I have often talked about the continuum of sarkaar, samaaj, and bazaar, and why, for a successful society, these three sectors must work together in a fine balance.
Ideally, sarkaar, or the state, should not grab too much power, bazaar, or the market, should not flout the rule of law or appropriate public resources, and vigilantes from the samaaj, or civil society, should not take the law into their own hands.
This requires awareness and active participation from all citizens. After all, we are citizens first; our primary identity is not as a subject of the state or as a consumer for the market. As citizens, how do we then help build a good society?
The bazaar’s interest in the rule of law
There are many interests between samaaj and sarkaar; bazaar and sarkaar; as well as between samaaj and bazaar. For the purpose of this article, we will examine the congruence of interest between samaaj (society) and bazaar (markets). And it starts with the rule of law.
We all want and need the rule of law to be upheld. In fact the bazaar—or at least the modern corporation as we know it—would not exist if the rule of law had not created the limited liability company 300 years ago. This allowed innovation to flourish over the centuries, and also provided for the absorption of failure, because wherever there is innovation, there is failure. It is because of the rule of law that companies can fail without going under themselves; and therefore, for their own sake, corporations have a great stake in upholding it. They need the enforceability of contracts, protection of property, availability of fair competition, and so on, otherwise they simply cannot function. But even beyond this, they need the law to be upheld by society at large, because no business can thrive without social stability outside its gates.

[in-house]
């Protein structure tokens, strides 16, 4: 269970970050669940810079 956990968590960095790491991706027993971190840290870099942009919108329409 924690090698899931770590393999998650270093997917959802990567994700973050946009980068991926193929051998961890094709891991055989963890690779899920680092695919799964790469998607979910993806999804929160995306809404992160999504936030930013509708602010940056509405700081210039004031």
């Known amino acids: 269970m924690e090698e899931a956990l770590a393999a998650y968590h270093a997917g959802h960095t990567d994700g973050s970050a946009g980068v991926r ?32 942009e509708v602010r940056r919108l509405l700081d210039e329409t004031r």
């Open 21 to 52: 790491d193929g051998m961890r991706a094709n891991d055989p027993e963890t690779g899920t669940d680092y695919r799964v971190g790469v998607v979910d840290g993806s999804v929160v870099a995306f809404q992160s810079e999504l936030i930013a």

Civil society and business therefore have more in common than either believe. Sure, in some cases, civil society has to position itself against business interests, when those interests are being deployed unfairly on the ground. For instance, in the case of public goods like water and land commons, or with environmental issues like pollution and contamination, civil society and business knock up against each other. But they also have a common concern—to keep the sarkaar in check.
Keeping the sarkaar in check
State power worldwide tends to accumulate, and it is to the advantage of both business and civil society, to make sure that the state does not abuse its own power.
Many corporations have been subject to the vagaries of state power while running their businesses; excessive discretionary power also adversely affects the climate in which businesses operate. If the alignment of samaaj and bazaar is understood and worked on, it helps restrain the state.
For example, civil society institutions and business corporations might together, or separately, appeal to the state on poorly framed laws. In the recent proposal to criminalise non-compliance of CSR, both samaaj and bazaar would have been adversely affected. Both successfully voiced strong reservations against it, and it was rolled back.
We all need good laws, and an independent, impartial, and efficient judiciary to verify the constitutionality of those laws. We all require equal access to the justice system. We also need effective public institutions that help uphold the rule of law. It is the only way to both empower the bazaar and uphold the rights of the country’s citizens.